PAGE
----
Post World War I[edit]

After the war he became a citizen of newly established Czechoslovakia where he in 1919 co-founded Ikarus, one of country's pioneer civil aviation companies; two years later founded another company, air travel named Weltbäderflugverkehr ("World Spa Air Transport"), which operated on the line between the capital Prague and famous spa towns in western Bohemia (Mariánské Lázně, Karlovy Vary etc.).[7] Also while in Czechoslovakia, he helped select sites for new airfields. Later, when he became an ardent Nazi and joined (1928) the German National Socialist Workers' Party (Czechoslovakia), was involved in espionage for the Third Reich.[failed verification] In 1934 moved to Berlin and two years later he obtained Austrian citizenship.[7]

In 1935, he partnered with a friend from World War I, fellow ace Benno Fiala von Fernbrugg, in forming the Wiener-Neustadt Airport Management Association.

He became a Luftwaffe fighter instructor beginning in 1938. Two of his students became some of the most successful aces of World War II: Walter Nowotny (258 victories) and Hans-Joachim Marseille (158 victories).[2] Their ability to repeatedly shoot down multiple enemies on the same sortie can be traced to Arigi's teaching them to close to minimum range before firing. Arigi later noted that while both students were quietly eager, Nowotny was naturally talented but Marseille had to work for mastery.[3]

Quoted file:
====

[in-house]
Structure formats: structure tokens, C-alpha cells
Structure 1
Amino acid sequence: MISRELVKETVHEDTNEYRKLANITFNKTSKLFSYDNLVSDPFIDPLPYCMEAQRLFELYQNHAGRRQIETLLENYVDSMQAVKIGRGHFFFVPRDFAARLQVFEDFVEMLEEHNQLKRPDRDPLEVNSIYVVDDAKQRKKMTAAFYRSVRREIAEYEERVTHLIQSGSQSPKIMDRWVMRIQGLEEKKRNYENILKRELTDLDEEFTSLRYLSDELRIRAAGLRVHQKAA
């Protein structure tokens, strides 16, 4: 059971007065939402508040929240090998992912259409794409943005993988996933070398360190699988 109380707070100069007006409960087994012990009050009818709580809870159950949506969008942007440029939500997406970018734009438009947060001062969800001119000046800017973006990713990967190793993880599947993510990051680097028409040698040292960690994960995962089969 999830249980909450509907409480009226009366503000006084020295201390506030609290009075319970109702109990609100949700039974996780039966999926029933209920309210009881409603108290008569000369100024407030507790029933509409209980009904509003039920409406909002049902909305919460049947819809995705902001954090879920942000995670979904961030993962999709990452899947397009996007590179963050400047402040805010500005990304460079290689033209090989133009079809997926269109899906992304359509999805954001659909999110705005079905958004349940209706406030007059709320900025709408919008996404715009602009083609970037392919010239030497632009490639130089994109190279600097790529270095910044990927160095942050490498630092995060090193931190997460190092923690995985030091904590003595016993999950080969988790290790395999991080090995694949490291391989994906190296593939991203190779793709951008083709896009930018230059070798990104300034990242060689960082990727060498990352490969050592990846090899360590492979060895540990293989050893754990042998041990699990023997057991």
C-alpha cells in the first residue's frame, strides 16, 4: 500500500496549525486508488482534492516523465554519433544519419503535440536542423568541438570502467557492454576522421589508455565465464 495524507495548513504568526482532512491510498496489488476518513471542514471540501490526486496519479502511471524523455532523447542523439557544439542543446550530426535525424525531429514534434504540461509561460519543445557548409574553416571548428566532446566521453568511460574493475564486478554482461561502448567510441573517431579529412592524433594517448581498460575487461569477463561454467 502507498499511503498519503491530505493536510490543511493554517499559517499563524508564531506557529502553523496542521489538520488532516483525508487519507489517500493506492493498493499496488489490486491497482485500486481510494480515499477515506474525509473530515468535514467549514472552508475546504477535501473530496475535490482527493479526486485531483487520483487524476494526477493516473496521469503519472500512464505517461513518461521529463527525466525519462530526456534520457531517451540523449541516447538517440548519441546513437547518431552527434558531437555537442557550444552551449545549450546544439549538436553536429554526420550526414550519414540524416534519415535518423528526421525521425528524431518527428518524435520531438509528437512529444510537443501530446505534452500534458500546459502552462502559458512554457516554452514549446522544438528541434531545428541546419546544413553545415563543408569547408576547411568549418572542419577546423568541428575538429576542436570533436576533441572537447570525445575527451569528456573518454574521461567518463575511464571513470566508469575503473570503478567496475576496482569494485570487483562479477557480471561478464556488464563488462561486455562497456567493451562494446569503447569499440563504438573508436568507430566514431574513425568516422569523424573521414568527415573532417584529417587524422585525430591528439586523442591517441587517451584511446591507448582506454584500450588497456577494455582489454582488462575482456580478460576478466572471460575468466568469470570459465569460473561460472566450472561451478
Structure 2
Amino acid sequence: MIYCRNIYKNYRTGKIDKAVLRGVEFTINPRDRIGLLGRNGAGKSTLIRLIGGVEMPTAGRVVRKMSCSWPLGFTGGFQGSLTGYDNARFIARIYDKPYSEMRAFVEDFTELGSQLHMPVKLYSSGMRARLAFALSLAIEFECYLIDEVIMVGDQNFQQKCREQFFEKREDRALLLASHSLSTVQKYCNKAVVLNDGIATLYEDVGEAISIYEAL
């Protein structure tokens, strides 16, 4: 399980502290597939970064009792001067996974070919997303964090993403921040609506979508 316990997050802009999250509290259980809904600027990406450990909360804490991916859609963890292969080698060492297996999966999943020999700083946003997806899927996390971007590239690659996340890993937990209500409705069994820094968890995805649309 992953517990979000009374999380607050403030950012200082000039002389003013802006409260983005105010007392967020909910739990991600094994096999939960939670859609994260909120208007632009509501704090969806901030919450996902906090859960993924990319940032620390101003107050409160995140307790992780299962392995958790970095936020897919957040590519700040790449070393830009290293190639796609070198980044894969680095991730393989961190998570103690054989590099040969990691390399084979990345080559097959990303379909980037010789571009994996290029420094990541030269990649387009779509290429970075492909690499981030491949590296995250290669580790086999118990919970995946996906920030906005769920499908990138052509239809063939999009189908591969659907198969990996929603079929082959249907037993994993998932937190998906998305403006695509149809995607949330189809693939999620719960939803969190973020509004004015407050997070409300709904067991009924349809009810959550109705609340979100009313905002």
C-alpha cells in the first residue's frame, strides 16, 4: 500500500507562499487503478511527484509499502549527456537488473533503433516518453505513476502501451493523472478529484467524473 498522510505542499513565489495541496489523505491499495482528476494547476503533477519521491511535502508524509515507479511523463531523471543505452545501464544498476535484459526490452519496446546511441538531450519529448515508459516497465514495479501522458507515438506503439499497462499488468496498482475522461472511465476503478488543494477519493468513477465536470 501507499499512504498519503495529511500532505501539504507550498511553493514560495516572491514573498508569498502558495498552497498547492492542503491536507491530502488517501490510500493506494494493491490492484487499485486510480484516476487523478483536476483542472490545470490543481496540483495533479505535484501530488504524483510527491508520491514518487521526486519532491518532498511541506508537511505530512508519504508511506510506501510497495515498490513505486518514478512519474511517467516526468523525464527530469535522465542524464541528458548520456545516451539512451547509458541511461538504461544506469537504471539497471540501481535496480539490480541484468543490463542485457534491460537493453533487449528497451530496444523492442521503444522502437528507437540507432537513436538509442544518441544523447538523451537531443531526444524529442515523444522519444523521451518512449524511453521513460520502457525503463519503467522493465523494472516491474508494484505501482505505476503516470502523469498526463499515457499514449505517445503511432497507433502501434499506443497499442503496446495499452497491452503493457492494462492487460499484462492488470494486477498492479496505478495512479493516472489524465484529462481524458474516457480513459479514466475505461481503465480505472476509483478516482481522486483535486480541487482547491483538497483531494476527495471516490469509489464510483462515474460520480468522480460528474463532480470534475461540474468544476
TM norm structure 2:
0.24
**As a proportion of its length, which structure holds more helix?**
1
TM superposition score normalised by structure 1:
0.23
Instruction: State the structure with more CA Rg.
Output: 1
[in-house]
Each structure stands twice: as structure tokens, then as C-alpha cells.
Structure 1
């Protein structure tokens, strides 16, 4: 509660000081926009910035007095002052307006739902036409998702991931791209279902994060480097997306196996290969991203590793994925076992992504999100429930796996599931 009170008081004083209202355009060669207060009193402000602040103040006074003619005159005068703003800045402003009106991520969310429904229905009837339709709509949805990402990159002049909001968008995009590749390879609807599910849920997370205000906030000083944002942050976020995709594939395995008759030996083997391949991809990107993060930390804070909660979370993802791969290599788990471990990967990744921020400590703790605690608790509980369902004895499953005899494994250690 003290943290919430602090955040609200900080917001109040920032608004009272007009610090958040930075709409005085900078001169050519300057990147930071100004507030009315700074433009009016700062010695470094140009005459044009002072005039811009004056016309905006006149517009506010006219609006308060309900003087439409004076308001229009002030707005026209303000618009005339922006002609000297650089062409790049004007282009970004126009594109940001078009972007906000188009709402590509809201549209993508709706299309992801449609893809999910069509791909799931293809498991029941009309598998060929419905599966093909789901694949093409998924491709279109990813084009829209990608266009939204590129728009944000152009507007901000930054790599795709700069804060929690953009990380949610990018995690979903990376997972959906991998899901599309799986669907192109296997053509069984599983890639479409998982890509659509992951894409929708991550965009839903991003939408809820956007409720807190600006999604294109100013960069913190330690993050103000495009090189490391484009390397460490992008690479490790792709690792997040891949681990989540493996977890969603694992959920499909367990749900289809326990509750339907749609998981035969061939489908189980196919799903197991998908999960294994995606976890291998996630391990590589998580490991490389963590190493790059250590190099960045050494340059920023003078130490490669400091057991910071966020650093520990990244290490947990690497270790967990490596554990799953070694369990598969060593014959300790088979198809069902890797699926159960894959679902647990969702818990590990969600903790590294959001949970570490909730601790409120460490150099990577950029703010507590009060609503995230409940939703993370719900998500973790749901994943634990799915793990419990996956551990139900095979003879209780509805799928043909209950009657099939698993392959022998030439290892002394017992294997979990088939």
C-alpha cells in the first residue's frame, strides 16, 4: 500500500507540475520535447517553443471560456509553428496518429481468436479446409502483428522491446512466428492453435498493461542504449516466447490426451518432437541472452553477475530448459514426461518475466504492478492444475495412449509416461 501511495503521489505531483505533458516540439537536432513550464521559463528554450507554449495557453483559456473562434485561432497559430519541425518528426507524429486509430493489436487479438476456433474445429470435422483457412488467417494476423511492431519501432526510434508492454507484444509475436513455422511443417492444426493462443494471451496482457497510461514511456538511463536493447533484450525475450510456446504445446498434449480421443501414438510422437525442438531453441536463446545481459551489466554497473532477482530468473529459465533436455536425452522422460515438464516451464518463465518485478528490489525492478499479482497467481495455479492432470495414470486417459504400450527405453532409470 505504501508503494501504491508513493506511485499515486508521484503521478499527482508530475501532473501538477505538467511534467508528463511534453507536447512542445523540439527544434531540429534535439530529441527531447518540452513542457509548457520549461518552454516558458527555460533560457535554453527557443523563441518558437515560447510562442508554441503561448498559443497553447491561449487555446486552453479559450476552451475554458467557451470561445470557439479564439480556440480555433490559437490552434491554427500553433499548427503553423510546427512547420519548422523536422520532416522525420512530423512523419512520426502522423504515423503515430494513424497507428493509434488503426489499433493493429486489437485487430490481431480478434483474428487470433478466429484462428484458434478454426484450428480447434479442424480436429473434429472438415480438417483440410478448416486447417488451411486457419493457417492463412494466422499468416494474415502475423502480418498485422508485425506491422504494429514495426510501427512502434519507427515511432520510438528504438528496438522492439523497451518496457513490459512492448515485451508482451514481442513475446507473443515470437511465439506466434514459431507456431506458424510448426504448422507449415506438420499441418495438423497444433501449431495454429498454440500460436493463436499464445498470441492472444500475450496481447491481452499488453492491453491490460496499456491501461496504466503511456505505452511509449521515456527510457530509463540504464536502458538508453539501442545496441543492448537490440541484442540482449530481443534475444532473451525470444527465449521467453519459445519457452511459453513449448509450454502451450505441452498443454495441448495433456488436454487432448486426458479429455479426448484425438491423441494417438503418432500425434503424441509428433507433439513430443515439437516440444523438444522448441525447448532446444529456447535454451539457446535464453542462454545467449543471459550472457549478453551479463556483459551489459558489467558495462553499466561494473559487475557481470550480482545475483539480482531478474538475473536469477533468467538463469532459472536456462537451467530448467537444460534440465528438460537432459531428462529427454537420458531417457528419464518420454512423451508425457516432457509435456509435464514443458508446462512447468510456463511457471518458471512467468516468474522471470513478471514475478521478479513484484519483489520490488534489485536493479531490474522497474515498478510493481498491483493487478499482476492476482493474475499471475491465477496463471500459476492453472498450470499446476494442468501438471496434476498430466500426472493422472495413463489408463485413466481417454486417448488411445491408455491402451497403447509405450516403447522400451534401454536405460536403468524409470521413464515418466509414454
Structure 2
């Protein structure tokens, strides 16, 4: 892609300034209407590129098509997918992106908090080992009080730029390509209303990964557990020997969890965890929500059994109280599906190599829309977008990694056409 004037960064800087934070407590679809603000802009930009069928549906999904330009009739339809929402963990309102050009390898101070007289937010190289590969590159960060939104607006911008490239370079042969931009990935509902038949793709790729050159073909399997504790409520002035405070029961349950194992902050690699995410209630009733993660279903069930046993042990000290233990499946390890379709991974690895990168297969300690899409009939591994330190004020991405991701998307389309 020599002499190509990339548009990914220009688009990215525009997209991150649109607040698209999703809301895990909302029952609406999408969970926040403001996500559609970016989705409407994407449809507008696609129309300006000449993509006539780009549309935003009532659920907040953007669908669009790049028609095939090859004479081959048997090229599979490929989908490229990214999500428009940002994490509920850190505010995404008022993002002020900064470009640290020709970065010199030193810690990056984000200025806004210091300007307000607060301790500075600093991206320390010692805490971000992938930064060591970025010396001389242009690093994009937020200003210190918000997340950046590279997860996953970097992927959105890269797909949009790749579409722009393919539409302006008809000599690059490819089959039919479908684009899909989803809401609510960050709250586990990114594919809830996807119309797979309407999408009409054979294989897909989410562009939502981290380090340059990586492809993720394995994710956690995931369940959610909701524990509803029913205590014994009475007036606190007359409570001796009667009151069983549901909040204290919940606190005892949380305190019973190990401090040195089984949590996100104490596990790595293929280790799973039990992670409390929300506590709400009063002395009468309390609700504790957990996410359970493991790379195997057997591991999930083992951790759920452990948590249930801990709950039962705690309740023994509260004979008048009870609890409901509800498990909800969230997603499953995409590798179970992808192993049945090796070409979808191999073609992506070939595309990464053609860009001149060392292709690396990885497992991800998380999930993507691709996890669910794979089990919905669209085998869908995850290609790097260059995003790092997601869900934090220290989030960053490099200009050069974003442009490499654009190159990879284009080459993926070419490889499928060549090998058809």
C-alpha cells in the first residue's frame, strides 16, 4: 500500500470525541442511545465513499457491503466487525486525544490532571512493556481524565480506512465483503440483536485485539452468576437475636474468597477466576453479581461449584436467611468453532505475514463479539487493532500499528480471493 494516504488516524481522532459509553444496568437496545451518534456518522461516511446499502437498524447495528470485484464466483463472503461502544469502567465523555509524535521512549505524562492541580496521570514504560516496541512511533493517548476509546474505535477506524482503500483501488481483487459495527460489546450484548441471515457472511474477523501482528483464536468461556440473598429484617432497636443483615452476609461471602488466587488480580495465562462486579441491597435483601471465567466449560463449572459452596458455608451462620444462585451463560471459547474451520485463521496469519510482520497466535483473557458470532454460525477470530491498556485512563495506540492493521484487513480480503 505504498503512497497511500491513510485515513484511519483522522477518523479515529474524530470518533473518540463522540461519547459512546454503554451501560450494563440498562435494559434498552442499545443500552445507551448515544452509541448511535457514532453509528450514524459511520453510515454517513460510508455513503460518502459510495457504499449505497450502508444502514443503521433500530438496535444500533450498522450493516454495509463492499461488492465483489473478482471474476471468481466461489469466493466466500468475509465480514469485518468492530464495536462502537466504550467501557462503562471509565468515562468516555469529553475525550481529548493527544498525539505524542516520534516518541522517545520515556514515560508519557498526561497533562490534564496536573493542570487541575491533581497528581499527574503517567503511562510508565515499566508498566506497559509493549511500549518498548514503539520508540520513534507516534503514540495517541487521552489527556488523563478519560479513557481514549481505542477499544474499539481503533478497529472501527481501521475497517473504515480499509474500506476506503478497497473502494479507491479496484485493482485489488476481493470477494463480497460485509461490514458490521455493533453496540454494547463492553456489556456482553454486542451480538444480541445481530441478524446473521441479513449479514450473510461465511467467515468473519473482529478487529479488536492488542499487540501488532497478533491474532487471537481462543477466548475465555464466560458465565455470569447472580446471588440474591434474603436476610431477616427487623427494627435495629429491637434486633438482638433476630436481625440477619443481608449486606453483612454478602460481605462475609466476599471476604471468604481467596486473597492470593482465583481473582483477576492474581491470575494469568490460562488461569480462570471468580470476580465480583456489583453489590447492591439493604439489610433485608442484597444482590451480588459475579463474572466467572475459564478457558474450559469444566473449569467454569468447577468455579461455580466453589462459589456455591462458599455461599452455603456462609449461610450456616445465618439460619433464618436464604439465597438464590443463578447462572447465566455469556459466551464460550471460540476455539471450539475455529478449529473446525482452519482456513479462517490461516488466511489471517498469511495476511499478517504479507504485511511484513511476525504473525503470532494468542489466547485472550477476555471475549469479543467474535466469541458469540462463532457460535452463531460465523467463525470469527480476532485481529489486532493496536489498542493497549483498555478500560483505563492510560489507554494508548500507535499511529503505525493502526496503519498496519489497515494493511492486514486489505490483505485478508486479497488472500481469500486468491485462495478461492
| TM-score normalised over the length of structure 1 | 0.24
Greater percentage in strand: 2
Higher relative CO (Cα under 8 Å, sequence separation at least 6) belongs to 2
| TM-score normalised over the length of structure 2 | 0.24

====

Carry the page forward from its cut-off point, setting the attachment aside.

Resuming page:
Arigi died in his sleep of natural causes in Seewalchen am Attersee,[7] Austria.


  1. ^ a b c Duffy, Michael (August 22, 2009). "Who's Who - Julius Arigi". First World War. Retrieved March 20, 2017.
  2. ^ a b c d e f g h i j k Chant, C. Austro-Hungarian Aces of World War 1. pp. 55–57.
  3. ^ a b c d O'Connor, M. Air Aces of the Austro-Hungarian Empire, 1914-1918.
  4. ^ a b c "Julius Arigi". The Aerodrome. Retrieved March 20, 2017.
  5. ^ Meindl, K. Brandenburg D.I. p. 3.
  6. ^ Casarrubea, A. In The Skies Of Forgotten Courage. p. 280.
  7. ^ a b c Arigi, Julius (1895–1981), Offizier und Kampfpilot (in German) – an entry in the Österreichisches Biographisches Lexikon 1815–1950 encyclopedia online


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  • Casarrubea, Andrea (2018). In The Skies Of Forgotten Courage: The RNAS and the RAF in the Adriatic and Albania. Reno, NV: Aeronaut Books. ISBN 978-1935881629.
  • Franks, Norman L. R.; Guest, Russell; Alegi, Gregory (1997). Above the War Fronts. London: Grub Street. ISBN 1-898697-56-6.
  • Meindl, Karl; Schroeter, Walter (1997). Brandenburg D.I. Stratford: Flying Machines Press. ISBN 978-1-8912680-1-4.